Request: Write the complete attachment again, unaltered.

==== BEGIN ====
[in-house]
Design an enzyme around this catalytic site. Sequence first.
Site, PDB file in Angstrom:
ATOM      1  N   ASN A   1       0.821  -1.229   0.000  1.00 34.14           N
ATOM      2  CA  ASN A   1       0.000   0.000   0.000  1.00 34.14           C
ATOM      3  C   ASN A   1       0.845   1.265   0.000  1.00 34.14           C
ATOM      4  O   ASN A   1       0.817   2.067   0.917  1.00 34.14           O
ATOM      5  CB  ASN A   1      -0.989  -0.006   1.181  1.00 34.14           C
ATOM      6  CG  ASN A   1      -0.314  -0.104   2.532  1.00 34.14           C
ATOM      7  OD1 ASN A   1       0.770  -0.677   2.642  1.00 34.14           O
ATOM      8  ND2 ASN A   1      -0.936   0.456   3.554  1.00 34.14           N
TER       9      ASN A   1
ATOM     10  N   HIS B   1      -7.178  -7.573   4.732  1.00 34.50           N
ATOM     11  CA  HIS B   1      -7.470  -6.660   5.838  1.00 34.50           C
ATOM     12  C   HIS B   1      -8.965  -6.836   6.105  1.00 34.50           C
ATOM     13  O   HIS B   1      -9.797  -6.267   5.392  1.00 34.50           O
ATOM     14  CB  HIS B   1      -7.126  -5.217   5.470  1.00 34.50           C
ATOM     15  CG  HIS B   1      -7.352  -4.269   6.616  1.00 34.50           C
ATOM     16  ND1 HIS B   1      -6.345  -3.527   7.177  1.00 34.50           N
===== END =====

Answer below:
[in-house]
Design an enzyme around this catalytic site. Sequence first.
Site, PDB file in Angstrom:
ATOM      1  N   ASN A   1       0.821  -1.229   0.000  1.00 34.14           N
ATOM      2  CA  ASN A   1       0.000   0.000   0.000  1.00 34.14           C
ATOM      3  C   ASN A   1       0.845   1.265   0.000  1.00 34.14           C
ATOM      4  O   ASN A   1       0.817   2.067   0.917  1.00 34.14           O
ATOM      5  CB  ASN A   1      -0.989  -0.006   1.181  1.00 34.14           C
ATOM      6  CG  ASN A   1      -0.314  -0.104   2.532  1.00 34.14           C
ATOM      7  OD1 ASN A   1       0.770  -0.677   2.642  1.00 34.14           O
ATOM      8  ND2 ASN A   1      -0.936   0.456   3.554  1.00 34.14           N
TER       9      ASN A   1
ATOM     10  N   HIS B   1      -7.178  -7.573   4.732  1.00 34.50           N
ATOM     11  CA  HIS B   1      -7.470  -6.660   5.838  1.00 34.50           C
ATOM     12  C   HIS B   1      -8.965  -6.836   6.105  1.00 34.50           C
ATOM     13  O   HIS B   1      -9.797  -6.267   5.392  1.00 34.50           O
ATOM     14  CB  HIS B   1      -7.126  -5.217   5.470  1.00 34.50           C
ATOM     15  CG  HIS B   1      -7.352  -4.269   6.616  1.00 34.50           C
ATOM     16  ND1 HIS B   1      -6.345  -3.527   7.177  1.00 34.50           N